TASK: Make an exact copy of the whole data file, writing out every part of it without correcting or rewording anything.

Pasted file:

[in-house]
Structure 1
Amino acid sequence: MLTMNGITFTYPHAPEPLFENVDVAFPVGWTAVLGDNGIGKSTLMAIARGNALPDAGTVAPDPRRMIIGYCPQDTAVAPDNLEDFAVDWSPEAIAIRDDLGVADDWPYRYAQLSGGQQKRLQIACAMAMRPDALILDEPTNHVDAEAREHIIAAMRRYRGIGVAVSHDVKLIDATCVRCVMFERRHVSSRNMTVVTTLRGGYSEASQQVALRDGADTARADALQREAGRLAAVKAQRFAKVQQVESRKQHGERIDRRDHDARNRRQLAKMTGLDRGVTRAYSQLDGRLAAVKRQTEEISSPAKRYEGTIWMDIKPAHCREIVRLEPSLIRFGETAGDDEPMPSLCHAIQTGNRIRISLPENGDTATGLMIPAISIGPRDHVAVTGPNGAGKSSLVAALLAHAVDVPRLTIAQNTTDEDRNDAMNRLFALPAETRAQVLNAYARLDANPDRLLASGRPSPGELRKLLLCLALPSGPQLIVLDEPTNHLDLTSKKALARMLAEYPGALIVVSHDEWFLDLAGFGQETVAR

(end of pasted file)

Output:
[in-house]
Structure 1
Amino acid sequence: MLTMNGITFTYPHAPEPLFENVDVAFPVGWTAVLGDNGIGKSTLMAIARGNALPDAGTVAPDPRRMIIGYCPQDTAVAPDNLEDFAVDWSPEAIAIRDDLGVADDWPYRYAQLSGGQQKRLQIACAMAMRPDALILDEPTNHVDAEAREHIIAAMRRYRGIGVAVSHDVKLIDATCVRCVMFERRHVSSRNMTVVTTLRGGYSEASQQVALRDGADTARADALQREAGRLAAVKAQRFAKVQQVESRKQHGERIDRRDHDARNRRQLAKMTGLDRGVTRAYSQLDGRLAAVKRQTEEISSPAKRYEGTIWMDIKPAHCREIVRLEPSLIRFGETAGDDEPMPSLCHAIQTGNRIRISLPENGDTATGLMIPAISIGPRDHVAVTGPNGAGKSSLVAALLAHAVDVPRLTIAQNTTDEDRNDAMNRLFALPAETRAQVLNAYARLDANPDRLLASGRPSPGELRKLLLCLALPSGPQLIVLDEPTNHLDLTSKKALARMLAEYPGALIVVSHDEWFLDLAGFGQETVAR